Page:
Proposal / Submission Type

Peer Reviewed Paper

Location

St. Paul, Minnesota

Start Date

19-5-2010 1:00 PM

Abstract

The most common form of storage media utilized in both commercial and domestic systems is the hard disk drive, consequently these devices feature heavily in digital investigations. Hard disk drives are a collection of complex components. These components include hardware and firmware elements that are essential for the effective operation of the drive. There are now a number of devices available, intended for data recovery, which can be used to manipulate the firmware components contained within the drive. It has been previously shown that it is possible to alter firmware for malicious purposes, either to conceal information or to prevent the drive’s correct operation. We review the general construction of a hard disk drive. In particular we examine the error handling process present within hard disk drives for dealing with failed or failing sectors and detail how this can be manipulated. The potential forensic impact on an investigation of manipulating firmware is then explored. We propose best practice considerations when analyzing a hard drive where firmware manipulation is suspected and detail a possible method to detect this form of modification.

Keywords: Hard Disk, Steganography, Data Recovery, Firmware.

 
May 19th, 1:00 PM

Hard Disk Storage: Firmware Manipulation and Forensic Impact and Current Best Practice

St. Paul, Minnesota

The most common form of storage media utilized in both commercial and domestic systems is the hard disk drive, consequently these devices feature heavily in digital investigations. Hard disk drives are a collection of complex components. These components include hardware and firmware elements that are essential for the effective operation of the drive. There are now a number of devices available, intended for data recovery, which can be used to manipulate the firmware components contained within the drive. It has been previously shown that it is possible to alter firmware for malicious purposes, either to conceal information or to prevent the drive’s correct operation. We review the general construction of a hard disk drive. In particular we examine the error handling process present within hard disk drives for dealing with failed or failing sectors and detail how this can be manipulated. The potential forensic impact on an investigation of manipulating firmware is then explored. We propose best practice considerations when analyzing a hard drive where firmware manipulation is suspected and detail a possible method to detect this form of modification.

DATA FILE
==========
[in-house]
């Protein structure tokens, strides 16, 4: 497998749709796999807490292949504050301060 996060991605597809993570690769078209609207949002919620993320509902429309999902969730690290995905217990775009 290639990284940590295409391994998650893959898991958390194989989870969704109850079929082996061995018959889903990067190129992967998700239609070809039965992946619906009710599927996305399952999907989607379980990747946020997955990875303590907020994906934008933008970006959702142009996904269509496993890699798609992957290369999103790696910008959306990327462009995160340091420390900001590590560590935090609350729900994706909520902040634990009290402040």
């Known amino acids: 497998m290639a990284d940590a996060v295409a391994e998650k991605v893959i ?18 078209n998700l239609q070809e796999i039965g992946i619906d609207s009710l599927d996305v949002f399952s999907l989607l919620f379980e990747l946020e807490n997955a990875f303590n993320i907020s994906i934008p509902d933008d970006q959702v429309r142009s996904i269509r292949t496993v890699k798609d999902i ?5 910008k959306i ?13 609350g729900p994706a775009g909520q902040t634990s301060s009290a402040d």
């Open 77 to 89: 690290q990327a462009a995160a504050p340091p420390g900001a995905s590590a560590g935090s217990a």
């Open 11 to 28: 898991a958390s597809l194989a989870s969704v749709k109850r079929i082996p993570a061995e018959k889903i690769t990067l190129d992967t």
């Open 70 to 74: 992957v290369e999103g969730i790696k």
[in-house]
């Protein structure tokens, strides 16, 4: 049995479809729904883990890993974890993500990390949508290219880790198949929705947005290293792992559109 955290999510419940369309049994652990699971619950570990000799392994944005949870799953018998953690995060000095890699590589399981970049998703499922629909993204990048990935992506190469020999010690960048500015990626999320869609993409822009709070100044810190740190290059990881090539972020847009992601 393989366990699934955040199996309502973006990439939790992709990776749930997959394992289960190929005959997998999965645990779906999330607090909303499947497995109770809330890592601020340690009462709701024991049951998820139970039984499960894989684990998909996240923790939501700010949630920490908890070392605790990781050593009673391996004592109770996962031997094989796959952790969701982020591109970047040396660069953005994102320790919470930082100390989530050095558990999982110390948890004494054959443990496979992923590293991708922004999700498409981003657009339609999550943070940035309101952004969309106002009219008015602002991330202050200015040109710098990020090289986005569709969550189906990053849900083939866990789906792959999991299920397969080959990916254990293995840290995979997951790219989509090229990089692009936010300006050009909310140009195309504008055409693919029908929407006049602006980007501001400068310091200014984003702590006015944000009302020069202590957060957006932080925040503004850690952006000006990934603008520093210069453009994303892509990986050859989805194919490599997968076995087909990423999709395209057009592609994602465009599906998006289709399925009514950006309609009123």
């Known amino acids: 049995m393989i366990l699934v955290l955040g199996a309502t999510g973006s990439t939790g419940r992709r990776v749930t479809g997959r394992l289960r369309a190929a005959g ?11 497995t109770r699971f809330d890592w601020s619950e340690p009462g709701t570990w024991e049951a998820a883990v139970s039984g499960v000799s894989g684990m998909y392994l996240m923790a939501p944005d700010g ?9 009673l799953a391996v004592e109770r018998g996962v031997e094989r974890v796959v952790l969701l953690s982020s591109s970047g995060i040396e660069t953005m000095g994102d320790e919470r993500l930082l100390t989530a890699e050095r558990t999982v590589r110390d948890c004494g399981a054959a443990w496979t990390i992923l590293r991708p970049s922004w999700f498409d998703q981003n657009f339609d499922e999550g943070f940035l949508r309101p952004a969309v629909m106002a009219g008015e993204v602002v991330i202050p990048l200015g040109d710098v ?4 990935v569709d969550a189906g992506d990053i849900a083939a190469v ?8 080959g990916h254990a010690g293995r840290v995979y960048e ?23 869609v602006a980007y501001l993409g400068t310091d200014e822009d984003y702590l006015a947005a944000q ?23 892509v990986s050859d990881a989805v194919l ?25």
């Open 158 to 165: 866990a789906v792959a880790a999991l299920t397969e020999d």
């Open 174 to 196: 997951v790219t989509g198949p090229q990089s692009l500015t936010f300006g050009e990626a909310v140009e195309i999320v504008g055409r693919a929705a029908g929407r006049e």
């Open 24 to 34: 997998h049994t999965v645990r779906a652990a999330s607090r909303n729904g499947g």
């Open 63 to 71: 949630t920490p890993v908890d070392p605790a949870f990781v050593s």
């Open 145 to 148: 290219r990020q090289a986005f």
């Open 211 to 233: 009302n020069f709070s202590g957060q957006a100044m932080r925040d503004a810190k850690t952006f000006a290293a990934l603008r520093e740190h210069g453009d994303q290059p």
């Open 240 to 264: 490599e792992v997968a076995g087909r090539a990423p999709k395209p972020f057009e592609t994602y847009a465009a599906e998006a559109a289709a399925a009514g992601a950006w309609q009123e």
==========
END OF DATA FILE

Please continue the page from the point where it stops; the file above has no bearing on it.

Keywords: Hard Disk, Steganography, Data Recovery, Firmware.